3 Non-Fiction Books for Inquisitive Thinkers
Updated: Apr 25, 2022
'Inquisitiveness': "The quality of wanting to know or discover as much as you can about things."
Seems pretty apt.
In 2016, I read my first ever non-fiction, self-help book: ‘How to Win Friends & Influence People’, by American writer Dale Carnegie. Written in 1936, this worldwide best-seller is considered to be one of the all time classic books of self-improvement and communication; in which Carnegie outlines a number of tips and techniques on how to handle different people and situations.
After reading that book and looking into similar authors and titles, I found myself developing an avid interest for non-fiction books. When I say 'non-fiction,' I don’t necessarily just mean self-development. I'm talking about books based on real life events, biographies, experience-driven stories and of course, a little bit of self-improvement as well. I also found that when it comes to non-fiction, I’m more of an auditory learner, meaning that I prefer listening to the audiobook variant of a title as I retain information better that way.
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To be honest, I’ve never approached a book with a mentality of having it indefinitely change my life. While I do prefer reading books that have something valuable to offer, I don't specifically read/listen to a book with the sole purpose of getting something out of it.
In this blog, I share 3 of my favourite non-fiction books that invoked feelings of curiosity, zeal and inquisitiveness. These are not magical steps to happiness or success, they're simply books that offer a different perspective towards life and this world of ours. What we choose to do with that information, is up to us and no one else.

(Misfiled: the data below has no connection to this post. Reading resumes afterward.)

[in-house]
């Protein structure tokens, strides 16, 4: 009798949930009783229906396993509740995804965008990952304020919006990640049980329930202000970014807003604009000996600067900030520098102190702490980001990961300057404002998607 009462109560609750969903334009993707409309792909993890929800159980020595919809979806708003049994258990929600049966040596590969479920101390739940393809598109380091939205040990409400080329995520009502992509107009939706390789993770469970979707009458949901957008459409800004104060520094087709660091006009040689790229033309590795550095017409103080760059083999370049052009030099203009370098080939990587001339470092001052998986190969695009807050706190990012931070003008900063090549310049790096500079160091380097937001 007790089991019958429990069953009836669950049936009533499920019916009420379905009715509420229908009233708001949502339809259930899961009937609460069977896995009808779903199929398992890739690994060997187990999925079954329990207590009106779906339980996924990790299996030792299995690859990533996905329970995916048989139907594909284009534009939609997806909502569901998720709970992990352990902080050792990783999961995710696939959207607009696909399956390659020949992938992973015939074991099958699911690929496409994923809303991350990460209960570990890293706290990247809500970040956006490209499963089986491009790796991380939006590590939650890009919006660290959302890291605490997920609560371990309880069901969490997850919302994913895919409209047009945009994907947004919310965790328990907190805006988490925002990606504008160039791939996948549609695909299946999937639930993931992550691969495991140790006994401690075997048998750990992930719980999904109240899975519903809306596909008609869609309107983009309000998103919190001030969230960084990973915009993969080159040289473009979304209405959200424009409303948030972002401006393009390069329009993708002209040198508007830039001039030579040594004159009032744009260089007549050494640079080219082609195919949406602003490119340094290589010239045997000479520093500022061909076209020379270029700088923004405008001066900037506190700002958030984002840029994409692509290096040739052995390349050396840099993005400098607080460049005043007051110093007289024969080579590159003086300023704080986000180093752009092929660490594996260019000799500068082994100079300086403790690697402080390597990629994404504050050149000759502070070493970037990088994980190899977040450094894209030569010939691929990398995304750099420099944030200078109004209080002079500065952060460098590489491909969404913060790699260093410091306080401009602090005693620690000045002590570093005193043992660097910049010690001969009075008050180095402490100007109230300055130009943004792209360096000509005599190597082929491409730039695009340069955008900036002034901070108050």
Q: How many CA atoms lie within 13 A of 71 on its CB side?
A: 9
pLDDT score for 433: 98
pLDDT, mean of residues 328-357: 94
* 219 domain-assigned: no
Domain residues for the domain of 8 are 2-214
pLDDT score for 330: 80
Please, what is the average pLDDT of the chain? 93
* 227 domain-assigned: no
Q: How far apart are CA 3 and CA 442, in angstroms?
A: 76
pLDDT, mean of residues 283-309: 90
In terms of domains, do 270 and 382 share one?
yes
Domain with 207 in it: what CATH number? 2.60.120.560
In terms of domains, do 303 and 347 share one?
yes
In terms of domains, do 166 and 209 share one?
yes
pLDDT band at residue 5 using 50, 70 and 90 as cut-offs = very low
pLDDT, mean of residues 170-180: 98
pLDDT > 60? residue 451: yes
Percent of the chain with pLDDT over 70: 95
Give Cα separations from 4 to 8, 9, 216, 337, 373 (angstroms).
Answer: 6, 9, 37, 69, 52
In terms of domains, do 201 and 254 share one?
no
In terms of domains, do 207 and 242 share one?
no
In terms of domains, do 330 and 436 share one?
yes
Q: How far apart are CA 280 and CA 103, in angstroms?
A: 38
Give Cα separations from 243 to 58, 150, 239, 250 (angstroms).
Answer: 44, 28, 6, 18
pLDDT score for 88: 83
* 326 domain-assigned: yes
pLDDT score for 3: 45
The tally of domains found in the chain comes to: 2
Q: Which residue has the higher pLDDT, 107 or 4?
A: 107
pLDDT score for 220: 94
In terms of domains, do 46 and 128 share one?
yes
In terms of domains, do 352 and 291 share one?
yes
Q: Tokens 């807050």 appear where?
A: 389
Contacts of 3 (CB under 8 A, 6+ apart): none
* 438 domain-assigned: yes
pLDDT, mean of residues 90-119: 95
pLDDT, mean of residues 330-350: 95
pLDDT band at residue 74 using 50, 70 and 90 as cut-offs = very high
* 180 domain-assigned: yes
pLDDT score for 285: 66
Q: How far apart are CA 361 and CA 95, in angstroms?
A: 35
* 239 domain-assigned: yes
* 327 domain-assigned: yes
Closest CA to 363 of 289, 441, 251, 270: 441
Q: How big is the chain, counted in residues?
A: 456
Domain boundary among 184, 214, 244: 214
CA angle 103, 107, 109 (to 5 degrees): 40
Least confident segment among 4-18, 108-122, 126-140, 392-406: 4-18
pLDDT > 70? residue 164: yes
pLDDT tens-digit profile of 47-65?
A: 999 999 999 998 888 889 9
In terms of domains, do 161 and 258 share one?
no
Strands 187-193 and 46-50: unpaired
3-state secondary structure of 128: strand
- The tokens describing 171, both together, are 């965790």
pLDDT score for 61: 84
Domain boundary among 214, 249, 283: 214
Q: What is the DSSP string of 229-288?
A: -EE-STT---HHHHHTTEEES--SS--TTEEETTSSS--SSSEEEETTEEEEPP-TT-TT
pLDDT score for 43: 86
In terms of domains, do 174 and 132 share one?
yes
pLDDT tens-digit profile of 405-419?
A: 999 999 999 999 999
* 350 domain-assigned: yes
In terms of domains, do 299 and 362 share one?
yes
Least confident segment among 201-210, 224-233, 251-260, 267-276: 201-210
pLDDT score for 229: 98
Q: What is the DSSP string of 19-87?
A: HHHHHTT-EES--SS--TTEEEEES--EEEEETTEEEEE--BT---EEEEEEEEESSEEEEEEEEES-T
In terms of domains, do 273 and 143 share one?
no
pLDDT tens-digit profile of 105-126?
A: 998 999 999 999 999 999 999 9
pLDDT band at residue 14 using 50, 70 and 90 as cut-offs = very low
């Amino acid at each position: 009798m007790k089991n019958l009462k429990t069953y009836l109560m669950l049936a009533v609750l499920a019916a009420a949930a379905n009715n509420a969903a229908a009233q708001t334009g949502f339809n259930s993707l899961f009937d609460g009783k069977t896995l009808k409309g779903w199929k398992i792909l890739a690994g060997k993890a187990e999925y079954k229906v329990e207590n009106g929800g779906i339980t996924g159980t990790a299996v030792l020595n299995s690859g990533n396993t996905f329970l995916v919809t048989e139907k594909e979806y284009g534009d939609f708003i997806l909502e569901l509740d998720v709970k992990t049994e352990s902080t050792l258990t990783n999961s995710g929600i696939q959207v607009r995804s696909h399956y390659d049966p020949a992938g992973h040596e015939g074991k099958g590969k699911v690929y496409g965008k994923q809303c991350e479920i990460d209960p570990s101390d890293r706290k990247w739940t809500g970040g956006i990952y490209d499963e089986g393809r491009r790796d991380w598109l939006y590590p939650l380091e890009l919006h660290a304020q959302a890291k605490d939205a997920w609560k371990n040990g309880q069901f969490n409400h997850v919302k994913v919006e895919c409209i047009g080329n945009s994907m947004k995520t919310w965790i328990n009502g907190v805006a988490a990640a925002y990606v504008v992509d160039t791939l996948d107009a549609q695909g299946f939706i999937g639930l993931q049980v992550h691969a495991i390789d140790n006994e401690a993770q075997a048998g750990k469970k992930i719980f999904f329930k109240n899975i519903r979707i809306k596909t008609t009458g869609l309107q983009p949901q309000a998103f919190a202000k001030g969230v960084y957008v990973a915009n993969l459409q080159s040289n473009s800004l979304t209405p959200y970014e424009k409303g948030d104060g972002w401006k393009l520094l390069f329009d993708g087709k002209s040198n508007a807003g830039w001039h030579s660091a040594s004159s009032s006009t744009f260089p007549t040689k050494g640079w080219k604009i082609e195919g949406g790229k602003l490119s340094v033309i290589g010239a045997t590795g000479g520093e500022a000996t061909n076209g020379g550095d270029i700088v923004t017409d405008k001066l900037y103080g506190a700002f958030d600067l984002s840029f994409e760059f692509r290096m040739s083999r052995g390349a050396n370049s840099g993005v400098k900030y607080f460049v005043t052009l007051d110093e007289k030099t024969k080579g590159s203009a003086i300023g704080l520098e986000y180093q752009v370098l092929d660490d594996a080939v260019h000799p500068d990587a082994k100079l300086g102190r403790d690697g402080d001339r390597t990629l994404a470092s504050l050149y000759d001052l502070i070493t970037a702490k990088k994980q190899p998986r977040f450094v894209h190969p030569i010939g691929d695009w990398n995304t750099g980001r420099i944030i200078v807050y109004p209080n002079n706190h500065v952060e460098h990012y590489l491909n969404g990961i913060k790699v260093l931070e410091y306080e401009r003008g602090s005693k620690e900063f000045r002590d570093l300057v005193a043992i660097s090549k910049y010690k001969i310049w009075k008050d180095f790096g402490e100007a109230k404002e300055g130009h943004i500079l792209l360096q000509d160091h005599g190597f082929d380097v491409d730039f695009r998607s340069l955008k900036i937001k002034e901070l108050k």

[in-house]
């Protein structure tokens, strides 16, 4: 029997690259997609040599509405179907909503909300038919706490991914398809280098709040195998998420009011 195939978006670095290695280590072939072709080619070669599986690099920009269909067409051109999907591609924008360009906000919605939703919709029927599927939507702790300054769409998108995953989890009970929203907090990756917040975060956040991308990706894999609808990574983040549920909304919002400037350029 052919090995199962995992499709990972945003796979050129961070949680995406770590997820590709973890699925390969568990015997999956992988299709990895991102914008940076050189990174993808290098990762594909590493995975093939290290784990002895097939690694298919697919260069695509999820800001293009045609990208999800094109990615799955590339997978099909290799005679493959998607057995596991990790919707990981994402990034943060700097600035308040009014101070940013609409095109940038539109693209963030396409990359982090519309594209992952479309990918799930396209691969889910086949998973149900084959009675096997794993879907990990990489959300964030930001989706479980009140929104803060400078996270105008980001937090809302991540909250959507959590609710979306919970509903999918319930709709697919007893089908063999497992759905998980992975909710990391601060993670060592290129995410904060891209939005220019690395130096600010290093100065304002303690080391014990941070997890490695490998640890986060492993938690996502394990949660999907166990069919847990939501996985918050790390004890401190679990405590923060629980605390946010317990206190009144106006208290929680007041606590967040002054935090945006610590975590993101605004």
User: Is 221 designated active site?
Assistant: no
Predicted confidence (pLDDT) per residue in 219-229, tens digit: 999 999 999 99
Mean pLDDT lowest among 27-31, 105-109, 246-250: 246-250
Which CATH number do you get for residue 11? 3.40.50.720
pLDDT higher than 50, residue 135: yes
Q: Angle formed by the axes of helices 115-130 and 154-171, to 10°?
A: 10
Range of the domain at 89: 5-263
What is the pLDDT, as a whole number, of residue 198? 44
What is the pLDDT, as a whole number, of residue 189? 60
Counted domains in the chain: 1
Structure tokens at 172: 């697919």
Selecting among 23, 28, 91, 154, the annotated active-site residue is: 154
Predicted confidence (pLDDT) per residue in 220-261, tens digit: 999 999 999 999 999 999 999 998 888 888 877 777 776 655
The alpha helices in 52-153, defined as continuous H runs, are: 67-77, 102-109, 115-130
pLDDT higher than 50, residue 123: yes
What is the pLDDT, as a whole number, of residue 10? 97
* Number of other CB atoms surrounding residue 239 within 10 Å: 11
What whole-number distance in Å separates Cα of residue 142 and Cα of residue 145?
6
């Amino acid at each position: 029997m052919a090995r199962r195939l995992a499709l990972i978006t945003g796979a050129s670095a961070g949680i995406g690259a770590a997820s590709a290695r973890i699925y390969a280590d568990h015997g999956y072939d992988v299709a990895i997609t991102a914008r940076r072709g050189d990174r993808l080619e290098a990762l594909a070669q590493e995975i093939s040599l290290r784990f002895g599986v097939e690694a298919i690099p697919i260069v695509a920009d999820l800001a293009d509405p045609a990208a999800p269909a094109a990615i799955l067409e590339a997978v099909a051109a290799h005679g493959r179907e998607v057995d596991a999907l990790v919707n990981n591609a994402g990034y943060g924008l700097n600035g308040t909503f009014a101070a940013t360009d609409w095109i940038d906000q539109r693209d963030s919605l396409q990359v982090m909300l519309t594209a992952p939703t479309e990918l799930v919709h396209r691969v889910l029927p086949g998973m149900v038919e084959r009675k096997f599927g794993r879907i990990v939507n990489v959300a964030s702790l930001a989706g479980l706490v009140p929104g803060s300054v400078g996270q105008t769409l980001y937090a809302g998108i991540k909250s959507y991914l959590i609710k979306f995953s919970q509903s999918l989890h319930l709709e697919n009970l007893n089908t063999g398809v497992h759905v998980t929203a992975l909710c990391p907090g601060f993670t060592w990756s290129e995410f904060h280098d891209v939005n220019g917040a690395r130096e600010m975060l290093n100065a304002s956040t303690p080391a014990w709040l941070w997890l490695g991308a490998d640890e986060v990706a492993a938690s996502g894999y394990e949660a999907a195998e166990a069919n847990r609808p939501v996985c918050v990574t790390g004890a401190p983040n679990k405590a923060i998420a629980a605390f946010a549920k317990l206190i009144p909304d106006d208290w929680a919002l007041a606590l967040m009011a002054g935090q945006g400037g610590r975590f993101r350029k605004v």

Book #1. '12 Rules for Life': By Dr. Jordan B. Peterson
This multi-million dollar best-seller ranked #1 on the non-fiction chart in countries such as the U.S.A, Canada, the U.K and Australia in 2018. In case you're unfamiliar with the author, Dr. Jordan B. Peterson is a renowned clinical psychologist and a Professor of Psychology at The University of Toronto. In this book, Peterson draws inspiration from his personal life and clinical practice, religious myths, and a high degree of philosophy and psychology to come up with 12 profound, yet practical rules that can help live a more meaningful life. He cites examples from ancient stories, the Bible and psychological principles to support each rule and how the reader can benefit from implementing them so.
For example, one of the rules he mentions is:
"Compare yourself to who you were yesterday, not who someone else is today."
Photo by Isaac Smith on Unsplash
This world that we live in, has become so competitive over the past few years that no matter where we look, someone, somewhere is doing something worthwhile with their lives. Whether it's an influencer showcasing her daily routine on YouTube, or a photographer showcasing his curated collection on Instagram, our generation has no shortage of talent.
Because of this, I found that I was constantly comparing myself to other people on social media. This was with regard to my fitness, my intellect, education, appearance, etc. This rule simply outlines that comparing yourself to who you were yesterday, last month, last year or even a few years ago would be a better indicator of growth. Everyone has their own story, their own struggles which we may not always know of. With '12 Rules for Life', Peterson articulately lays out his knowledge and years of experience into every single line. For anyone seeking a rational yet, comprehensive understanding of how to live a more meaningful life, this one's for you.
Book #2. 'The World's Fittest Book': By Ross Edgley
This one's for all you fellow fitness enthusiasts out there reading this blog. Ross Edgley is a British athlete, adventurer and sports writer who graduated from Loughborough University School of Sports and Exercise Science. The title of the book may sound catchy and unconvincing, but Ross isn't like your typical fitness influencer. Being a philosopher of training and nutrition, Ross is constantly on the quest to accomplish 2 key things with his adventurous stunts. The first, "To push the boundaries of human physical excellence;" and second, "To raise money for charities." Some of famous stunts include: